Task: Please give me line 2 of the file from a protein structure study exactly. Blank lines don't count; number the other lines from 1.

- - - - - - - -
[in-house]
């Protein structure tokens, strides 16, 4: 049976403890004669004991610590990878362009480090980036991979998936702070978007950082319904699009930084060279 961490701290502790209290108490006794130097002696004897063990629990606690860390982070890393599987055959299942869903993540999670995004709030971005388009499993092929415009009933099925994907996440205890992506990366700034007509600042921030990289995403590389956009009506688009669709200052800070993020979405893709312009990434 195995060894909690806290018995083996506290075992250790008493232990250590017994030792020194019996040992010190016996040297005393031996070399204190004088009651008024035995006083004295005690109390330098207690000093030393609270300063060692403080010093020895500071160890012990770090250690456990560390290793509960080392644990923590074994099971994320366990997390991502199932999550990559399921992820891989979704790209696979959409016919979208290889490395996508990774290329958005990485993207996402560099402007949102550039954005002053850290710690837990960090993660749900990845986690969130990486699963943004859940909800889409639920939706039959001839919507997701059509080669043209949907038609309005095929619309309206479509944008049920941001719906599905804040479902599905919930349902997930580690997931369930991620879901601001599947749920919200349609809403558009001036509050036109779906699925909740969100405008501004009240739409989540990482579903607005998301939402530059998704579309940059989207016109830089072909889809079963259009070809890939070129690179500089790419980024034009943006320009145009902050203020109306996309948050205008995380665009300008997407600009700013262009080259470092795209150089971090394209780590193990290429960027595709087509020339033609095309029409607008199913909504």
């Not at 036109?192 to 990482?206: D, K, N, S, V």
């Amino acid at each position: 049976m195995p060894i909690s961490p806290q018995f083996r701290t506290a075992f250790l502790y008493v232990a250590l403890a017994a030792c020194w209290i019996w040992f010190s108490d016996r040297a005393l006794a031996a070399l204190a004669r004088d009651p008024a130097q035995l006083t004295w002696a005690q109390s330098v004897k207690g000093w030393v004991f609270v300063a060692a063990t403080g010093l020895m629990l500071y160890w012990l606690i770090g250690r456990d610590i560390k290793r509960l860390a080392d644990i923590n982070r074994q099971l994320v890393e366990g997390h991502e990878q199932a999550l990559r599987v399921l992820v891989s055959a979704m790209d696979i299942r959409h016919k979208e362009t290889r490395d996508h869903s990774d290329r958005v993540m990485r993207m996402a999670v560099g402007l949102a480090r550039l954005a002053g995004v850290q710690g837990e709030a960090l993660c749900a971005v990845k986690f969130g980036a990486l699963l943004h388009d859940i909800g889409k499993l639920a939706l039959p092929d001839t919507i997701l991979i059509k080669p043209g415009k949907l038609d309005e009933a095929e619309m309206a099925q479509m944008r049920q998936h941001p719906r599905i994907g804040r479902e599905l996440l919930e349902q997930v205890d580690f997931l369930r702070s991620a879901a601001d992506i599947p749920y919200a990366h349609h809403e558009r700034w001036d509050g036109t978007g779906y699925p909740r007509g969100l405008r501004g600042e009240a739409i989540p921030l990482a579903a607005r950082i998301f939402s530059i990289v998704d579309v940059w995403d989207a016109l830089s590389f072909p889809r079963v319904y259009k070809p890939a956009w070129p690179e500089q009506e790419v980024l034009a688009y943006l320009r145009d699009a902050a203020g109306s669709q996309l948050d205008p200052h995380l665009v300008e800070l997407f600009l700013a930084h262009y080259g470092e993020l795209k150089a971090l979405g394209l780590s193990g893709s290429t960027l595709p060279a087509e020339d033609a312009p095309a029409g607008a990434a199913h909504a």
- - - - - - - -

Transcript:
């Protein structure tokens, strides 16, 4: 049976403890004669004991610590990878362009480090980036991979998936702070978007950082319904699009930084060279 961490701290502790209290108490006794130097002696004897063990629990606690860390982070890393599987055959299942869903993540999670995004709030971005388009499993092929415009009933099925994907996440205890992506990366700034007509600042921030990289995403590389956009009506688009669709200052800070993020979405893709312009990434 195995060894909690806290018995083996506290075992250790008493232990250590017994030792020194019996040992010190016996040297005393031996070399204190004088009651008024035995006083004295005690109390330098207690000093030393609270300063060692403080010093020895500071160890012990770090250690456990560390290793509960080392644990923590074994099971994320366990997390991502199932999550990559399921992820891989979704790209696979959409016919979208290889490395996508990774290329958005990485993207996402560099402007949102550039954005002053850290710690837990960090993660749900990845986690969130990486699963943004859940909800889409639920939706039959001839919507997701059509080669043209949907038609309005095929619309309206479509944008049920941001719906599905804040479902599905919930349902997930580690997931369930991620879901601001599947749920919200349609809403558009001036509050036109779906699925909740969100405008501004009240739409989540990482579903607005998301939402530059998704579309940059989207016109830089072909889809079963259009070809890939070129690179500089790419980024034009943006320009145009902050203020109306996309948050205008995380665009300008997407600009700013262009080259470092795209150089971090394209780590193990290429960027595709087509020339033609095309029409607008199913909504």